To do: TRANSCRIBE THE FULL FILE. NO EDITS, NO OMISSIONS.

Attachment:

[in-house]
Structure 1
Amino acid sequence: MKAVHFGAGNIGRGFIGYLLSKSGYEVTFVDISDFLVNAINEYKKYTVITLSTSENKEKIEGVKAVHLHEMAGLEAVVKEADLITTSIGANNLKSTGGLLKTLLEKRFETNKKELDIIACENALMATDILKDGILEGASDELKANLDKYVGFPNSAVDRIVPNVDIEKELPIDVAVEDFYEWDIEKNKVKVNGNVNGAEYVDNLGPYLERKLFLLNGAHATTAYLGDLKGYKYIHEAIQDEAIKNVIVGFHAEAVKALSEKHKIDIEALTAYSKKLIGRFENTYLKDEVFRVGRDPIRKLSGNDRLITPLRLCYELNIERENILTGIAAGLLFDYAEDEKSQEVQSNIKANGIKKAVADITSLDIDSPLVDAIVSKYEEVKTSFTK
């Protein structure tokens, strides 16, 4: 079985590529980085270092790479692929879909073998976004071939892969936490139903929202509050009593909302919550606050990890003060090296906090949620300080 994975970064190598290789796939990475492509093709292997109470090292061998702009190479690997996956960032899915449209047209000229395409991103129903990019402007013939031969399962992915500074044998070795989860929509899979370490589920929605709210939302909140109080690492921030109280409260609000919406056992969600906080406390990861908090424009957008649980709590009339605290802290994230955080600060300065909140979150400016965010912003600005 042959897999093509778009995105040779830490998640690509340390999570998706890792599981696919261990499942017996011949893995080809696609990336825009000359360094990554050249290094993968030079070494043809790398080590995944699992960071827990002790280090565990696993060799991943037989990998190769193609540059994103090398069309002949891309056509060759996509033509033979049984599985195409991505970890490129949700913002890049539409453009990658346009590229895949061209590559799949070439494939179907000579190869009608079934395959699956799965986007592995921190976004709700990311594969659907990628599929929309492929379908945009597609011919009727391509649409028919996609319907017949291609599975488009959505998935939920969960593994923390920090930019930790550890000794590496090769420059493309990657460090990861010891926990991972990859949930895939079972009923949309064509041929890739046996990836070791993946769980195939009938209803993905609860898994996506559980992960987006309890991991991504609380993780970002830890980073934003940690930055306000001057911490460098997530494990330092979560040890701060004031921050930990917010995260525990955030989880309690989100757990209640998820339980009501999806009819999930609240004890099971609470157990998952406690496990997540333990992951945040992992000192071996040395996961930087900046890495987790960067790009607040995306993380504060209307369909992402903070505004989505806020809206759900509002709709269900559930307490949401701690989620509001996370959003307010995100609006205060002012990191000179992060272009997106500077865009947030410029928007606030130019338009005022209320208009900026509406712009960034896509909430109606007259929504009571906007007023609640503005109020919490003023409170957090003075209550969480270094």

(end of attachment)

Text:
[in-house]
Structure 1
Amino acid sequence: MKAVHFGAGNIGRGFIGYLLSKSGYEVTFVDISDFLVNAINEYKKYTVITLSTSENKEKIEGVKAVHLHEMAGLEAVVKEADLITTSIGANNLKSTGGLLKTLLEKRFETNKKELDIIACENALMATDILKDGILEGASDELKANLDKYVGFPNSAVDRIVPNVDIEKELPIDVAVEDFYEWDIEKNKVKVNGNVNGAEYVDNLGPYLERKLFLLNGAHATTAYLGDLKGYKYIHEAIQDEAIKNVIVGFHAEAVKALSEKHKIDIEALTAYSKKLIGRFENTYLKDEVFRVGRDPIRKLSGNDRLITPLRLCYELNIERENILTGIAAGLLFDYAEDEKSQEVQSNIKANGIKKAVADITSLDIDSPLVDAIVSKYEEVKTSFTK
């Protein structure tokens, strides 16, 4: 079985590529980085270092790479692929879909073998976004071939892969936490139903929202509050009593909302919550606050990890003060090296906090949620300080 994975970064190598290789796939990475492509093709292997109470090292061998702009190479690997996956960032899915449209047209000229395409991103129903990019402007013939031969399962992915500074044998070795989860929509899979370490589920929605709210939302909140109080690492921030109280409260609000919406056992969600906080406390990861908090424009957008649980709590009339605290802290994230955080600060300065909140979150400016965010912003600005 042959897999093509778009995105040779830490998640690509340390999570998706890792599981696919261990499942017996011949893995080809696609990336825009000359360094990554050249290094993968030079070494043809790398080590995944699992960071827990002790280090565990696993060799991943037989990998190769193609540059994103090398069309002949891309056509060759996509033509033979049984599985195409991505970890490129949700913002890049539409453009990658346009590229895949061209590559799949070439494939179907000579190869009608079934395959699956799965986007592995921190976004709700990311594969659907990628599929929309492929379908945009597609011919009727391509649409028919996609319907017949291609599975488009959505998935939920969960593994923390920090930019930790550890000794590496090769420059493309990657460090990861010891926990991972990859949930895939079972009923949309064509041929890739046996990836070791993946769980195939009938209803993905609860898994996506559980992960987006309890991991991504609380993780970002830890980073934003940690930055306000001057911490460098997530494990330092979560040890701060004031921050930990917010995260525990955030989880309690989100757990209640998820339980009501999806009819999930609240004890099971609470157990998952406690496990997540333990992951945040992992000192071996040395996961930087900046890495987790960067790009607040995306993380504060209307369909992402903070505004989505806020809206759900509002709709269900559930307490949401701690989620509001996370959003307010995100609006205060002012990191000179992060272009997106500077865009947030410029928007606030130019338009005022209320208009900026509406712009960034896509909430109606007259929504009571906007007023609640503005109020919490003023409170957090003075209550969480270094």